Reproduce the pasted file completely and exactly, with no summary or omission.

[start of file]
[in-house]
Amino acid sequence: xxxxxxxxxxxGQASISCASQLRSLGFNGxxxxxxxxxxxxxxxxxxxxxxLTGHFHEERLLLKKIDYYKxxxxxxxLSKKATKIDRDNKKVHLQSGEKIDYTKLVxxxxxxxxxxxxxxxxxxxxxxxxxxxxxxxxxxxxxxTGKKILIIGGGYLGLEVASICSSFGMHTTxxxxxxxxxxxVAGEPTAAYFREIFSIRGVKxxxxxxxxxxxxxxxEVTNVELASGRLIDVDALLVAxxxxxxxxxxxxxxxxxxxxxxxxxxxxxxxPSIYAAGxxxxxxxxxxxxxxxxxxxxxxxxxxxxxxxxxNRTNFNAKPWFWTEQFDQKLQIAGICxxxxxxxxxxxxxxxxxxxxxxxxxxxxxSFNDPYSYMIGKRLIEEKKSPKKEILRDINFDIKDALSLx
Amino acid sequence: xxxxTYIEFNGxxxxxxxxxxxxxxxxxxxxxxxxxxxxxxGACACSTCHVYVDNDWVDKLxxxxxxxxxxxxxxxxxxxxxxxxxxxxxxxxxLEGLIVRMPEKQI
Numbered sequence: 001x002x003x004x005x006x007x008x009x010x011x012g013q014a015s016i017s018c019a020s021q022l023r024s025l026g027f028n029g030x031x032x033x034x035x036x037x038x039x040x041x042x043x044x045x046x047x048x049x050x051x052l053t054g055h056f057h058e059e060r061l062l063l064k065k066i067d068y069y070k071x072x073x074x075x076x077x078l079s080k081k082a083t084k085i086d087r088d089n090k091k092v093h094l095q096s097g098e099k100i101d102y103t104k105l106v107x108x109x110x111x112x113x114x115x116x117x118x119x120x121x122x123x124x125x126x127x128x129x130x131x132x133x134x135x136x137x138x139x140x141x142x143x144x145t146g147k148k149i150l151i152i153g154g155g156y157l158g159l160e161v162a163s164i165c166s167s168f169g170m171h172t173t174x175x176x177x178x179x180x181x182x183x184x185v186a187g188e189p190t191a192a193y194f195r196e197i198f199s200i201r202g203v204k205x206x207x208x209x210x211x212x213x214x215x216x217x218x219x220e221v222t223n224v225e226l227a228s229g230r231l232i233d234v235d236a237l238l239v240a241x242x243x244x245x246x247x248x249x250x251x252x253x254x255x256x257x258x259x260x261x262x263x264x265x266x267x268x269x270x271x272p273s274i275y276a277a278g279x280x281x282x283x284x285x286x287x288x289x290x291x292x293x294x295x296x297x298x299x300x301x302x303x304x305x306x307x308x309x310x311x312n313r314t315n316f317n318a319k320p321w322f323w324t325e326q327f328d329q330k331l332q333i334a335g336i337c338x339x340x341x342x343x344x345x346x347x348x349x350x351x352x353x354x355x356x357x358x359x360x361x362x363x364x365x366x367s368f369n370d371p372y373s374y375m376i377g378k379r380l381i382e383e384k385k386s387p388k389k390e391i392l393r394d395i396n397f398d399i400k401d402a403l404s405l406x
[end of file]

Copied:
[in-house]
Amino acid sequence: xxxxxxxxxxxGQASISCASQLRSLGFNGxxxxxxxxxxxxxxxxxxxxxxLTGHFHEERLLLKKIDYYKxxxxxxxLSKKATKIDRDNKKVHLQSGEKIDYTKLVxxxxxxxxxxxxxxxxxxxxxxxxxxxxxxxxxxxxxxTGKKILIIGGGYLGLEVASICSSFGMHTTxxxxxxxxxxxVAGEPTAAYFREIFSIRGVKxxxxxxxxxxxxxxxEVTNVELASGRLIDVDALLVAxxxxxxxxxxxxxxxxxxxxxxxxxxxxxxxPSIYAAGxxxxxxxxxxxxxxxxxxxxxxxxxxxxxxxxxNRTNFNAKPWFWTEQFDQKLQIAGICxxxxxxxxxxxxxxxxxxxxxxxxxxxxxSFNDPYSYMIGKRLIEEKKSPKKEILRDINFDIKDALSLx
Amino acid sequence: xxxxTYIEFNGxxxxxxxxxxxxxxxxxxxxxxxxxxxxxxGACACSTCHVYVDNDWVDKLxxxxxxxxxxxxxxxxxxxxxxxxxxxxxxxxxLEGLIVRMPEKQI
Numbered sequence: 001x002x003x004x005x006x007x008x009x010x011x012g013q014a015s016i017s018c019a020s021q022l023r024s025l026g027f028n029g030x031x032x033x034x035x036x037x038x039x040x041x042x043x044x045x046x047x048x049x050x051x052l053t054g055h056f057h058e059e060r061l062l063l064k065k066i067d068y069y070k071x072x073x074x075x076x077x078l079s080k081k082a083t084k085i086d087r088d089n090k091k092v093h094l095q096s097g098e099k100i101d102y103t104k105l106v107x108x109x110x111x112x113x114x115x116x117x118x119x120x121x122x123x124x125x126x127x128x129x130x131x132x133x134x135x136x137x138x139x140x141x142x143x144x145t146g147k148k149i150l151i152i153g154g155g156y157l158g159l160e161v162a163s164i165c166s167s168f169g170m171h172t173t174x175x176x177x178x179x180x181x182x183x184x185v186a187g188e189p190t191a192a193y194f195r196e197i198f199s200i201r202g203v204k205x206x207x208x209x210x211x212x213x214x215x216x217x218x219x220e221v222t223n224v225e226l227a228s229g230r231l232i233d234v235d236a237l238l239v240a241x242x243x244x245x246x247x248x249x250x251x252x253x254x255x256x257x258x259x260x261x262x263x264x265x266x267x268x269x270x271x272p273s274i275y276a277a278g279x280x281x282x283x284x285x286x287x288x289x290x291x292x293x294x295x296x297x298x299x300x301x302x303x304x305x306x307x308x309x310x311x312n313r314t315n316f317n318a319k320p321w322f323w324t325e326q327f328d329q330k331l332q333i334a335g336i337c338x339x340x341x342x343x344x345x346x347x348x349x350x351x352x353x354x355x356x357x358x359x360x361x362x363x364x365x366x367s368f369n370d371p372y373s374y375m376i377g378k379r380l381i382e383e384k385k386s387p388k389k390e391i392l393r394d395i396n397f398d399i400k401d402a403l404s405l406x